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When the Global Health Fellows of the Batten Leadership Program started their situation reports about the coronavirus pandemic in March, the students thought it would be a short-term initiative, one designed to combat people’s fears with an array of well-researched facts from authoritative sources. 

While the focus on facts has remained, the scope of the project — and the Fellows’ vision for what they are learning and doing — has shifted dramatically. Over the past weeks, all 18 Global Health Fellows have produced five reports. They are presented and recorded on Zoom, ranging in length of presentation from about 20 minutes to as short as seven minutes. All reports are accessible on the COVID-19 updates page on the NA website.  

In short, once the project started, it just kept going...and growing. 

As the pandemic has reshaped lives in countries spanning the globe, and in all 50 states across our nation, the team has found itself exploring an array of topics obliquely connected to the medical crisis, including mental health, variations in government responses in different nations, and disparities in the impact on different racial groups. 

Their investigation is giving them a crash course in public health on a global scale. “It is enlightening to study this topic over the long term,” said Sahib Chandi ‘20. “We’ve been spending the better part of one semester on it, and you see how the situation changes.” 

The Fellows developed a strategic process to corral the deluge of facts, create visually appealing and information-packed slides, and provide a final editing polish. Connor Tiffany ‘20 has been the coordinator, choosing the topics for each situation report. Students are permitted to research a different topic in each report, which keeps them motivated and curious, week after week. 

Once slides are submitted, an editing team, composed of Julia Duarte ‘20, Gavin Goss ‘22, and Maddie Brooks ’21, reviews all of the slides, making sure that the information is conveyed in a clear manner; that slides are free of grammar errors; and that the slides are aesthetically pleasing.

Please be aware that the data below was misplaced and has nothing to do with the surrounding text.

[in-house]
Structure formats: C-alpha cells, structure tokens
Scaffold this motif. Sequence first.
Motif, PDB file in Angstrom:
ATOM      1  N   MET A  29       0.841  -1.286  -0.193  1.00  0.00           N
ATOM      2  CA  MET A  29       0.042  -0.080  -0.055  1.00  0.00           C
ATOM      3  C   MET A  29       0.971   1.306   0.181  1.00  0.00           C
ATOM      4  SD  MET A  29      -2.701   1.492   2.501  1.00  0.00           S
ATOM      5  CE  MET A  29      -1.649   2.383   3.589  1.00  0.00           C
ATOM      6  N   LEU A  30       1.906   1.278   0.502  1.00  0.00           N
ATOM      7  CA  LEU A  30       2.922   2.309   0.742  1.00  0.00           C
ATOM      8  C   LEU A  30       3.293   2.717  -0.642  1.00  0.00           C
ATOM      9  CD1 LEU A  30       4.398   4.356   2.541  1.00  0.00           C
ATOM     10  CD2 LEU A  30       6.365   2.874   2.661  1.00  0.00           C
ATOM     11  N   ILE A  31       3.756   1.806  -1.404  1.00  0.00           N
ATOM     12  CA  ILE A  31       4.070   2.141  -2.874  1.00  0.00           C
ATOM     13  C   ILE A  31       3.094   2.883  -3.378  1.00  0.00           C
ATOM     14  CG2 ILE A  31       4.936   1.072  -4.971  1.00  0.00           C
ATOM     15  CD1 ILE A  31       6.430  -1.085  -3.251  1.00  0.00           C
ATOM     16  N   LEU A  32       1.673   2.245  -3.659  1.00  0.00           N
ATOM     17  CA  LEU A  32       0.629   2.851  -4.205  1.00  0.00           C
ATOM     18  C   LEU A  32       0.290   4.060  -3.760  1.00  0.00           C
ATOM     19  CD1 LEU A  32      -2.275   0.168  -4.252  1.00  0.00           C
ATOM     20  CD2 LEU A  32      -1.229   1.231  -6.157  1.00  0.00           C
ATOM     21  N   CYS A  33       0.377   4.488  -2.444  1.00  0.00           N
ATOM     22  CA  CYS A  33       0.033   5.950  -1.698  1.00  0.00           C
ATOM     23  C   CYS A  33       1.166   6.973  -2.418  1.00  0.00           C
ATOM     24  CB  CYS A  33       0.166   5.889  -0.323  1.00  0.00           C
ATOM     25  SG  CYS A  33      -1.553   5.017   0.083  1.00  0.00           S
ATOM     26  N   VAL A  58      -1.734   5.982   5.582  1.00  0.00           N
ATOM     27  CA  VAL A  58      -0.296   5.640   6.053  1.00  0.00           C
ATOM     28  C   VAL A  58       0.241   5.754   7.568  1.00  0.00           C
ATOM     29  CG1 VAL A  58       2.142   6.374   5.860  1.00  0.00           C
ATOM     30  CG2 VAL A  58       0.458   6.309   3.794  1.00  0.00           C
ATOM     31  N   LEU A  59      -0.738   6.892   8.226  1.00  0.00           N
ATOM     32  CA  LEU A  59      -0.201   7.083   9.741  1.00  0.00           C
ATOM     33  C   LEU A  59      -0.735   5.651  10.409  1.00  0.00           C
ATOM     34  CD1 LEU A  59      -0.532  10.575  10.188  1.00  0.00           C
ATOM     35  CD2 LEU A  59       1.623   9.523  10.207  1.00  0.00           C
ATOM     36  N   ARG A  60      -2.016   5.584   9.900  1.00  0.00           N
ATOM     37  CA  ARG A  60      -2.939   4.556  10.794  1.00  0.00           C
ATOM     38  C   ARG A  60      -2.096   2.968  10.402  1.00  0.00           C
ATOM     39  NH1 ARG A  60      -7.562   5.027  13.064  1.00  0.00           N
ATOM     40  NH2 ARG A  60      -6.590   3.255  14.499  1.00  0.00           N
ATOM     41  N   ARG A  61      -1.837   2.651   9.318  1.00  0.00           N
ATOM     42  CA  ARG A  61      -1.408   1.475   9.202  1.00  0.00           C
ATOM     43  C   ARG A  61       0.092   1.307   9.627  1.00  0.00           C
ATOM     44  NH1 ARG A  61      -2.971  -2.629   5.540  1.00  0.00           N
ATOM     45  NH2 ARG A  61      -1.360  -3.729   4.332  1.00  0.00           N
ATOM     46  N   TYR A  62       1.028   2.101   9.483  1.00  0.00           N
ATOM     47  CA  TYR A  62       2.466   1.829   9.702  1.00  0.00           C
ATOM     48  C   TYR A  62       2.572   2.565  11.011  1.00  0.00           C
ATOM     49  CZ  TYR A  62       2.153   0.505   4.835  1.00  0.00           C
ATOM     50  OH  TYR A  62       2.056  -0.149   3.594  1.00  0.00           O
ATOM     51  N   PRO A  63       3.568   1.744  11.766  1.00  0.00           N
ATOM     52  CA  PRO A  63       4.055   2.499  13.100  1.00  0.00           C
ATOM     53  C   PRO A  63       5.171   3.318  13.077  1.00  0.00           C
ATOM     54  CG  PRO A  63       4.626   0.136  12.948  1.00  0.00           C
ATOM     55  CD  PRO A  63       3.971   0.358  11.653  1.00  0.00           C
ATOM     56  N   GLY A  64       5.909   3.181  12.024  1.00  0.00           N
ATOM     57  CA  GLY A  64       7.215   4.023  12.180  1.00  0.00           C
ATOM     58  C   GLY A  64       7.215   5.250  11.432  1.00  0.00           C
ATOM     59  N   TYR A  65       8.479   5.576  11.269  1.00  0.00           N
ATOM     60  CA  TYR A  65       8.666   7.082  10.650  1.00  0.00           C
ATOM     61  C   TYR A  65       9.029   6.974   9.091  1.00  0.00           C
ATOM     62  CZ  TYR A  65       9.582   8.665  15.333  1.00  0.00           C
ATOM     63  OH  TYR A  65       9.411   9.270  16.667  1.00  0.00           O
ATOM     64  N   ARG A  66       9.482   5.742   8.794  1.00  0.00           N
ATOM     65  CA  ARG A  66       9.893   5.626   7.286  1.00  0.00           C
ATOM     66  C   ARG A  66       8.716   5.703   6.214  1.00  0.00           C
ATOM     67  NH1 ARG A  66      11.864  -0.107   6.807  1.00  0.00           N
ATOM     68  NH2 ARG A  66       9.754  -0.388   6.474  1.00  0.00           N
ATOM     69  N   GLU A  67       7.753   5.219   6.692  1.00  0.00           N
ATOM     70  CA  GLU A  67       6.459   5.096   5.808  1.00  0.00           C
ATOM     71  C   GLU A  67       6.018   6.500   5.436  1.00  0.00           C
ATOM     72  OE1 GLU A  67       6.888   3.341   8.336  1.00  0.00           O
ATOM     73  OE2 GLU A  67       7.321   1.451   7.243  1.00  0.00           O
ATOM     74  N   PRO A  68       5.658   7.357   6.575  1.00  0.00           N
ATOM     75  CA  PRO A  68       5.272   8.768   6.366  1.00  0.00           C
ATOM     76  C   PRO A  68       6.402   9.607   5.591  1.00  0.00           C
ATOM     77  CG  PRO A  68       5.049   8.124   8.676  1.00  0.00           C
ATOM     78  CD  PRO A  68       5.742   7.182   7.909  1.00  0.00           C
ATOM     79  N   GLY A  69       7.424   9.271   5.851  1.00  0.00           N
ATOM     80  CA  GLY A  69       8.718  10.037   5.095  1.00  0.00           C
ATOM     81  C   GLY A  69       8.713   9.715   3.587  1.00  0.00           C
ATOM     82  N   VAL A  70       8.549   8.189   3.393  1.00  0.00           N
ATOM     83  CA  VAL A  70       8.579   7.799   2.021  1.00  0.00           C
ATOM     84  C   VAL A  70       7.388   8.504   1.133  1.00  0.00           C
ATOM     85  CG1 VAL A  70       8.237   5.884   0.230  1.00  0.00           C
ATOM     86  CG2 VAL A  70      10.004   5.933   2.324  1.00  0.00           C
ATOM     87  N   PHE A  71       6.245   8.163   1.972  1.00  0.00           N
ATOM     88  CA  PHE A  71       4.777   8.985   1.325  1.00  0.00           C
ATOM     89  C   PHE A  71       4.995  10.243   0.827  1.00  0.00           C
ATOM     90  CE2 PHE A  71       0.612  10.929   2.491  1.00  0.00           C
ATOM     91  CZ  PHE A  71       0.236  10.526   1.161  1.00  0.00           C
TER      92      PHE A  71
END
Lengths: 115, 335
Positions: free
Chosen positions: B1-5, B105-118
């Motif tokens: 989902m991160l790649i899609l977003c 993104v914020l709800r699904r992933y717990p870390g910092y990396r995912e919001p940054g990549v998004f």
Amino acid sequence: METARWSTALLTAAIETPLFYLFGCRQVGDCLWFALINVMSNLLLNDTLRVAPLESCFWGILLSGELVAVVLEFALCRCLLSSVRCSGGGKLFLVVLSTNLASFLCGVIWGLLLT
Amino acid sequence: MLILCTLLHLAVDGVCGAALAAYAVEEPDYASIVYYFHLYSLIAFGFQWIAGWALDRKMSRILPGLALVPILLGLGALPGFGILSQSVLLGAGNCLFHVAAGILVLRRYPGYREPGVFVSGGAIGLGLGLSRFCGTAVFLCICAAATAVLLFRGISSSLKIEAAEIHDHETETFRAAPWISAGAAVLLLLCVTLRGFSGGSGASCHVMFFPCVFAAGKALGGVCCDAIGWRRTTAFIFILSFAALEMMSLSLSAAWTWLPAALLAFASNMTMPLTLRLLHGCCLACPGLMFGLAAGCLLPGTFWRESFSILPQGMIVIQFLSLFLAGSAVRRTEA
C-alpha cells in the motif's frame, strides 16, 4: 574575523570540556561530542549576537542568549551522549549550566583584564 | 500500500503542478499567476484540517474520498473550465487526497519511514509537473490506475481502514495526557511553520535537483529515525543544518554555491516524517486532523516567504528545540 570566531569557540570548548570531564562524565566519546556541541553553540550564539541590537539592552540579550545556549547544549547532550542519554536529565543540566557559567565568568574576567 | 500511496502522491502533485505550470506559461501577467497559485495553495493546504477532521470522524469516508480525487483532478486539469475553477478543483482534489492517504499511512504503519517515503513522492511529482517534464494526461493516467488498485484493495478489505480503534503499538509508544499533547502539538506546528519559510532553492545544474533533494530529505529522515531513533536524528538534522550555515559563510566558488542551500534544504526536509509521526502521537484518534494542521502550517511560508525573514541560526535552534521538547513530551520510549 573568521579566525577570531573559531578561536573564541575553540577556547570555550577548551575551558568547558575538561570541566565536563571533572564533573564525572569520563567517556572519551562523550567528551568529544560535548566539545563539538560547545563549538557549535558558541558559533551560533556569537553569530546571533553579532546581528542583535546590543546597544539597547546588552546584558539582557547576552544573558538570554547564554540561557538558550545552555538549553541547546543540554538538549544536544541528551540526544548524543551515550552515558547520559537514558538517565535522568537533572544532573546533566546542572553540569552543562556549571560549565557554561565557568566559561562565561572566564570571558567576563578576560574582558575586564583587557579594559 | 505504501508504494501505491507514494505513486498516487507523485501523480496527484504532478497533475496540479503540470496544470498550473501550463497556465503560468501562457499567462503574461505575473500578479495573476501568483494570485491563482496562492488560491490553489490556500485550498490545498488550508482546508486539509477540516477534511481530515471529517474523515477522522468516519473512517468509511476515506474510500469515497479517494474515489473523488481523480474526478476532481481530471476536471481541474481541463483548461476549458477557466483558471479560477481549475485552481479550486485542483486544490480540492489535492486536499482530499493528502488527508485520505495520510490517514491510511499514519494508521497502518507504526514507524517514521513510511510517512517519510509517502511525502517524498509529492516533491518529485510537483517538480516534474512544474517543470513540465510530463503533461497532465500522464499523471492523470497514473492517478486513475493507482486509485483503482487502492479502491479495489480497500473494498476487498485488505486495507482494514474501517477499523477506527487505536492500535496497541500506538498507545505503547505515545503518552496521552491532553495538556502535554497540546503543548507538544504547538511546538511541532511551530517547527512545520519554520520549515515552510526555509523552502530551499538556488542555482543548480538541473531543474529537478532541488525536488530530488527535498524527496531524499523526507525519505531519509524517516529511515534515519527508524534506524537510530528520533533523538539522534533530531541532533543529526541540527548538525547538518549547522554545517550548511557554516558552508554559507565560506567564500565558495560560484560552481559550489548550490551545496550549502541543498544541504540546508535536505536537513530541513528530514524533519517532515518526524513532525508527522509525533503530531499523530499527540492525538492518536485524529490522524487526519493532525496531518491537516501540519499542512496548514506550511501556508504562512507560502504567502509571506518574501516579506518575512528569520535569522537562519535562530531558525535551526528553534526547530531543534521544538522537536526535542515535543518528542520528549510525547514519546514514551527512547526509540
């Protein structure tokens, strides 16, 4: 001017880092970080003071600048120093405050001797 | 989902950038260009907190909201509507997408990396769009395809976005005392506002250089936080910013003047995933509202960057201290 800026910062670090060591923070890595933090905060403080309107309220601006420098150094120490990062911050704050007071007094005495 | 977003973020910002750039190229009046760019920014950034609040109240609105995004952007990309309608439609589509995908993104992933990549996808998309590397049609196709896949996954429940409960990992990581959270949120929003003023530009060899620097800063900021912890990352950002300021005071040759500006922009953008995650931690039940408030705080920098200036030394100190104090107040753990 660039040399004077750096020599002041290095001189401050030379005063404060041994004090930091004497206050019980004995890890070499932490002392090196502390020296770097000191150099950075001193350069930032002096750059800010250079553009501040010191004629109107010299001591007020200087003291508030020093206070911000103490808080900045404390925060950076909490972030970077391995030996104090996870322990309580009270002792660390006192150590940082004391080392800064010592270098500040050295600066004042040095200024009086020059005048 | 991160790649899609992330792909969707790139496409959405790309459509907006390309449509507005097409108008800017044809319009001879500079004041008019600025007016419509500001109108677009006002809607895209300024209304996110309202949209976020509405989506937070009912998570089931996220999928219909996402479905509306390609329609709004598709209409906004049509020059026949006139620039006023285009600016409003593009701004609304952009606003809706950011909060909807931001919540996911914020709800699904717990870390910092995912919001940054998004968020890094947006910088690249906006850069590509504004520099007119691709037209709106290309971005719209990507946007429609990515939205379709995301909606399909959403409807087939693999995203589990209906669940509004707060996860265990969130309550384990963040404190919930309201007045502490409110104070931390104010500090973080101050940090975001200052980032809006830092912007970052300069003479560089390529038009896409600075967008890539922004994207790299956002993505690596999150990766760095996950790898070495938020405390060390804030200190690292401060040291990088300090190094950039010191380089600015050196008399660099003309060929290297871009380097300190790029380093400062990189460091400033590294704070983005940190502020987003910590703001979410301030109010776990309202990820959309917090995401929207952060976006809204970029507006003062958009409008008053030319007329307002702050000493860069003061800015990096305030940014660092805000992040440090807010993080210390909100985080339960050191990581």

Connor keeps the project moving on a tight schedule, sending out weekly reminders, and they have delivered the reports on Fridays during E bell. The first presentation was done for Headmaster Dennis Manning and Associate Headmaster Linda Gorsline, but the other presentations have been shared on social media and on the school’s website.  

Although the group is eager to share the information and educate others, the audience is not the point. “It’s a testament to everyone’s intellectual curiosity in a way that brings us together,” Julia observed. “It centers on Global Health but leads into other topics.”  

Norfolk Academy’s programming focuses on teaching leadership, and the students feel the pandemic has provided fascinating opportunities to observe leadership styles and take lessons from what they see. All three Fellows who were interviewed listed the need to be inclusive of all socioeconomic and racial groups as a top shared concern. “There is exclusion,” Connor said. “When legislation is being passed, some groups are being left behind.” 

Sahib noted that good leadership often means making some people unhappy. “Stick to the science” as a basis for decisions in a health crisis, he said.  

Leadership, Julia said, “means making decisions that may not benefit you personally, but will benefit a whole bunch of people.”  

Since the coronavirus pandemic has halted many end-of-the year initiatives, including the Fellows’ plans for summer travel and research in Belize, the situation reports have been a good substitution—not one they would have chosen, of course, but a way to stay motivated in exploring and learning. And as Connor, Sahib, and Julia head off to college--to Dartmouth, North Carolina State, and UVA respectively--they know the Fellows who are taking the hand-off have the same restless curiosity that they do. 

 “This program revolves around pragmatic approaches to health problems,” Sahib said. “This pandemic is real-world content.” 

This project was designed as a practical tool to help those making decisions, said Mrs. Price Hall, assistant director of the Batten Leadership Program and founder of the Global Health Fellows Program. "A core tenet of the Batten Leadership Program's Fellows Program is not just to learn about a seemingly intractable issue, but to also act and to do something about it," she said. "The GHF COVID-19 Situation Report is just that."

For those who have viewed their situation reports, the Fellows have created a survey to help improve future efforts. Take the survey.

Explore the situation reports to date on the school's COVID-19 Updates page. And please read more about our Batten Leadership Program.


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